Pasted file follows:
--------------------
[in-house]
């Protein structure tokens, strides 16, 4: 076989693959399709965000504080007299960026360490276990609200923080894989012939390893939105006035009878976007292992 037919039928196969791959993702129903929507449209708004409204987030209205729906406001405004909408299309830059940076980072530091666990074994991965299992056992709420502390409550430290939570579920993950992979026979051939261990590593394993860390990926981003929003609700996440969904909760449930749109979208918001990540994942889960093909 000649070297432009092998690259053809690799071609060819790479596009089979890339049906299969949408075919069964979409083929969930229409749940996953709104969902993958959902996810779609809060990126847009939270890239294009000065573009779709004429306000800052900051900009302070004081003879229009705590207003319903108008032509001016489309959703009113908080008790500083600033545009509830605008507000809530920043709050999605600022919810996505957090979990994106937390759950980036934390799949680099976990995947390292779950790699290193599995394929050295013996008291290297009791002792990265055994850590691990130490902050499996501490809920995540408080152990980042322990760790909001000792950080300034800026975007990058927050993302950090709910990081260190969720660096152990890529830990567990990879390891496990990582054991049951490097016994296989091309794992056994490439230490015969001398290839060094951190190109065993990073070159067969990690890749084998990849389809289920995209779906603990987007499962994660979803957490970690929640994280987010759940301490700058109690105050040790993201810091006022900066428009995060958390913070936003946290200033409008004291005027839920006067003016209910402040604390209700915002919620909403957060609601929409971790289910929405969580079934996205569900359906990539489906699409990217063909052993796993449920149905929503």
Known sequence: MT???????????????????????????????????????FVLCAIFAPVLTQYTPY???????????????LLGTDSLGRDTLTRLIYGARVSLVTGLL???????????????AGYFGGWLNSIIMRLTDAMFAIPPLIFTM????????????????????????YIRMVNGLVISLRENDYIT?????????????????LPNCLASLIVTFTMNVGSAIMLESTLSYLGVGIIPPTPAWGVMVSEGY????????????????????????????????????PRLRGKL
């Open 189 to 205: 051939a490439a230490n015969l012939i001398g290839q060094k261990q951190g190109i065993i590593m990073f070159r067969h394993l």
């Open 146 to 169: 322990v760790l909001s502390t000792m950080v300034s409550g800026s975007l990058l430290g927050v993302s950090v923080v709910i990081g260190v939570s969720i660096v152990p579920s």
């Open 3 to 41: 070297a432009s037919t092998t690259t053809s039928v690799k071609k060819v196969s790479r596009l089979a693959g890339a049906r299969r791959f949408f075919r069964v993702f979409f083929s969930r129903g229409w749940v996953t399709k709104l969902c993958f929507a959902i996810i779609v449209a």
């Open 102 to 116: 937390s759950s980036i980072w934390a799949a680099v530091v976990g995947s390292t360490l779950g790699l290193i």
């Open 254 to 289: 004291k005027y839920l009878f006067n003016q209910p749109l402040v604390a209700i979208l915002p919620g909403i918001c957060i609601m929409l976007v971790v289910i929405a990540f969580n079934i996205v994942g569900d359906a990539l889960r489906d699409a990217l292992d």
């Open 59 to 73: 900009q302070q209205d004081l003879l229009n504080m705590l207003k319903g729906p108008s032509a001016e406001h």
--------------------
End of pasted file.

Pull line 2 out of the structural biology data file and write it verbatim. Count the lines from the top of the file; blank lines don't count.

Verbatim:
């Protein structure tokens, strides 16, 4: 076989693959399709965000504080007299960026360490276990609200923080894989012939390893939105006035009878976007292992 037919039928196969791959993702129903929507449209708004409204987030209205729906406001405004909408299309830059940076980072530091666990074994991965299992056992709420502390409550430290939570579920993950992979026979051939261990590593394993860390990926981003929003609700996440969904909760449930749109979208918001990540994942889960093909 000649070297432009092998690259053809690799071609060819790479596009089979890339049906299969949408075919069964979409083929969930229409749940996953709104969902993958959902996810779609809060990126847009939270890239294009000065573009779709004429306000800052900051900009302070004081003879229009705590207003319903108008032509001016489309959703009113908080008790500083600033545009509830605008507000809530920043709050999605600022919810996505957090979990994106937390759950980036934390799949680099976990995947390292779950790699290193599995394929050295013996008291290297009791002792990265055994850590691990130490902050499996501490809920995540408080152990980042322990760790909001000792950080300034800026975007990058927050993302950090709910990081260190969720660096152990890529830990567990990879390891496990990582054991049951490097016994296989091309794992056994490439230490015969001398290839060094951190190109065993990073070159067969990690890749084998990849389809289920995209779906603990987007499962994660979803957490970690929640994280987010759940301490700058109690105050040790993201810091006022900066428009995060958390913070936003946290200033409008004291005027839920006067003016209910402040604390209700915002919620909403957060609601929409971790289910929405969580079934996205569900359906990539489906699409990217063909052993796993449920149905929503």